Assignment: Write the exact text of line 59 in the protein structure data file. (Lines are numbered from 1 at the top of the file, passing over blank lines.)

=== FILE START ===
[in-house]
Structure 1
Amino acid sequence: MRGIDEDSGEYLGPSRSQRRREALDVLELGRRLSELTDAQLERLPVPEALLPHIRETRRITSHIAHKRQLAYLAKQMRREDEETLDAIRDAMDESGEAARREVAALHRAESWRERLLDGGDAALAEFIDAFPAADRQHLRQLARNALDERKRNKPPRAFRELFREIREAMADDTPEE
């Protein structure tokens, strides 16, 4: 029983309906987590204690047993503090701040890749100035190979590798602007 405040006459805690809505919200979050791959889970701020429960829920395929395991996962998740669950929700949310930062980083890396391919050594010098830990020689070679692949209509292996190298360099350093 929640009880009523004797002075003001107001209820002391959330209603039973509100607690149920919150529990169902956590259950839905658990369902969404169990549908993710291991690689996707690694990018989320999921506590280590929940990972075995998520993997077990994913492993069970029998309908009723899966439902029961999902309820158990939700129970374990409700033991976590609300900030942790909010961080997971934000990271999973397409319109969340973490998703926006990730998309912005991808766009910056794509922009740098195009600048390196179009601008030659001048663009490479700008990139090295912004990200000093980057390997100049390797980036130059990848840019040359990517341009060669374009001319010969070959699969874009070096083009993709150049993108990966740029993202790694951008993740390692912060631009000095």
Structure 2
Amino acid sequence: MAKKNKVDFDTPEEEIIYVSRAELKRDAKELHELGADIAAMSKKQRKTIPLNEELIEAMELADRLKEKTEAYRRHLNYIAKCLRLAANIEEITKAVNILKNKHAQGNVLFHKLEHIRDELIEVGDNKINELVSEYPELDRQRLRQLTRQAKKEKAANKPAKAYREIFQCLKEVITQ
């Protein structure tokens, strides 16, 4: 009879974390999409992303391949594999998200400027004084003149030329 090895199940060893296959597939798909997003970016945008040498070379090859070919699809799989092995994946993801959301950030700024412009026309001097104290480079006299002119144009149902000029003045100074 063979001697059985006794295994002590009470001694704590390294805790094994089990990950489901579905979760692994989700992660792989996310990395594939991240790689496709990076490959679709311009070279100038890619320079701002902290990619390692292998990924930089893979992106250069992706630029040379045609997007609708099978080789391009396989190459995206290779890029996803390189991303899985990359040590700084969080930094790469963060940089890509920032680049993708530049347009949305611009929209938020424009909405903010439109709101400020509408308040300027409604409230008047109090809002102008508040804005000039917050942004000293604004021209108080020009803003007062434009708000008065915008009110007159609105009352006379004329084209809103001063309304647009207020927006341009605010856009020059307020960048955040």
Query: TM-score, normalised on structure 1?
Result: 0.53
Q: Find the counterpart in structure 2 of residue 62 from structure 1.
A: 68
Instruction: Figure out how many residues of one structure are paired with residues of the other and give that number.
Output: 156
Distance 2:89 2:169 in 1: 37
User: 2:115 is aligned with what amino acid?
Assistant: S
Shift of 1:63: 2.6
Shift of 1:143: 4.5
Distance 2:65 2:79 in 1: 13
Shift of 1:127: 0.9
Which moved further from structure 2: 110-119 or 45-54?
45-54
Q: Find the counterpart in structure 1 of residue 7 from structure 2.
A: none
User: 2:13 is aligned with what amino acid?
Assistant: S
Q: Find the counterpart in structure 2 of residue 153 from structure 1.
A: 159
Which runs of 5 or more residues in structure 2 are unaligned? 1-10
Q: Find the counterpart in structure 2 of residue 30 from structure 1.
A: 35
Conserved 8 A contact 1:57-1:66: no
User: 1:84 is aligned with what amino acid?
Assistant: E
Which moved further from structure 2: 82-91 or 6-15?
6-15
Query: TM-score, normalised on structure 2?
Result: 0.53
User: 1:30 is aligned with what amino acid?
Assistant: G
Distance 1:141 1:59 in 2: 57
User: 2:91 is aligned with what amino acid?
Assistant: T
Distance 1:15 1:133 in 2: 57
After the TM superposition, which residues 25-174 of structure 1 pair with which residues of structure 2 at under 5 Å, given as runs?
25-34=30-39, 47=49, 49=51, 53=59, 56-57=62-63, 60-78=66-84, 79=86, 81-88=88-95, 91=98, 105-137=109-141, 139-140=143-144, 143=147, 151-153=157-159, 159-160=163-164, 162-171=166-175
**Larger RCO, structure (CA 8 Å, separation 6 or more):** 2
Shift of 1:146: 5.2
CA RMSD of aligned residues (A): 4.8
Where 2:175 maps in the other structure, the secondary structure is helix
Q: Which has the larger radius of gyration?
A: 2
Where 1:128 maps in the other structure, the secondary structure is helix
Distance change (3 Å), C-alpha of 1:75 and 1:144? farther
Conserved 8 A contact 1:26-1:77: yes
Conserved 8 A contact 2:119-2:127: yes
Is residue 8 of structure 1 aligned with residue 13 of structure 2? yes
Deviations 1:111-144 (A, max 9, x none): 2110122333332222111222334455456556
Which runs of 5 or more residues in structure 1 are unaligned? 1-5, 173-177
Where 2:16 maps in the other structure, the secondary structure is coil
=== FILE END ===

Which runs of 5 or more residues in structure 1 are unaligned? 1-5, 173-177